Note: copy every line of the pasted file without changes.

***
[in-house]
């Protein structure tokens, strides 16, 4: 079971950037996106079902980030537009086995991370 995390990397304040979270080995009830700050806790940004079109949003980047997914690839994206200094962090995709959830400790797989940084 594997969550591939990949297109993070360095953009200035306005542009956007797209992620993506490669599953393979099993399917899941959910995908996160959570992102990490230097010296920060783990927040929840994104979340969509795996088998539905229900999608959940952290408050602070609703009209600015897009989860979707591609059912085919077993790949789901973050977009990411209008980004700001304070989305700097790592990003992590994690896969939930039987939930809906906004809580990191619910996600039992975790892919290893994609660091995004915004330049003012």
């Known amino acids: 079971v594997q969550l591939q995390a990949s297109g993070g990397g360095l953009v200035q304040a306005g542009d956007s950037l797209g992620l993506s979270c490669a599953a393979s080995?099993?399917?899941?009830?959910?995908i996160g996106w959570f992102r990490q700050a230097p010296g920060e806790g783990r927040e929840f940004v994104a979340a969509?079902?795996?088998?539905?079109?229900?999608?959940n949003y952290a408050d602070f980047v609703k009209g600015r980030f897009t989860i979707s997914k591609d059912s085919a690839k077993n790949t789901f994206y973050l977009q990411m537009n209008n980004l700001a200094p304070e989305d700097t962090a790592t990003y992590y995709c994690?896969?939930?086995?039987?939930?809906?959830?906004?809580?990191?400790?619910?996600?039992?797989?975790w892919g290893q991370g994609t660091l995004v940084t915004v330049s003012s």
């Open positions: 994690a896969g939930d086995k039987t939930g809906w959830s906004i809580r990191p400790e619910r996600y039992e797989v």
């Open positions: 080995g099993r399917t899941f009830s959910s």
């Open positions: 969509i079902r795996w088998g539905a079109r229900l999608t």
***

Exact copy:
[in-house]
């Protein structure tokens, strides 16, 4: 079971950037996106079902980030537009086995991370 995390990397304040979270080995009830700050806790940004079109949003980047997914690839994206200094962090995709959830400790797989940084 594997969550591939990949297109993070360095953009200035306005542009956007797209992620993506490669599953393979099993399917899941959910995908996160959570992102990490230097010296920060783990927040929840994104979340969509795996088998539905229900999608959940952290408050602070609703009209600015897009989860979707591609059912085919077993790949789901973050977009990411209008980004700001304070989305700097790592990003992590994690896969939930039987939930809906906004809580990191619910996600039992975790892919290893994609660091995004915004330049003012």
């Known amino acids: 079971v594997q969550l591939q995390a990949s297109g993070g990397g360095l953009v200035q304040a306005g542009d956007s950037l797209g992620l993506s979270c490669a599953a393979s080995?099993?399917?899941?009830?959910?995908i996160g996106w959570f992102r990490q700050a230097p010296g920060e806790g783990r927040e929840f940004v994104a979340a969509?079902?795996?088998?539905?079109?229900?999608?959940n949003y952290a408050d602070f980047v609703k009209g600015r980030f897009t989860i979707s997914k591609d059912s085919a690839k077993n790949t789901f994206y973050l977009q990411m537009n209008n980004l700001a200094p304070e989305d700097t962090a790592t990003y992590y995709c994690?896969?939930?086995?039987?939930?809906?959830?906004?809580?990191?400790?619910?996600?039992?797989?975790w892919g290893q991370g994609t660091l995004v940084t915004v330049s003012s």
């Open positions: 994690a896969g939930d086995k039987t939930g809906w959830s906004i809580r990191p400790e619910r996600y039992e797989v």
């Open positions: 080995g099993r399917t899941f009830s959910s």
């Open positions: 969509i079902r795996w088998g539905a079109r229900l999608t």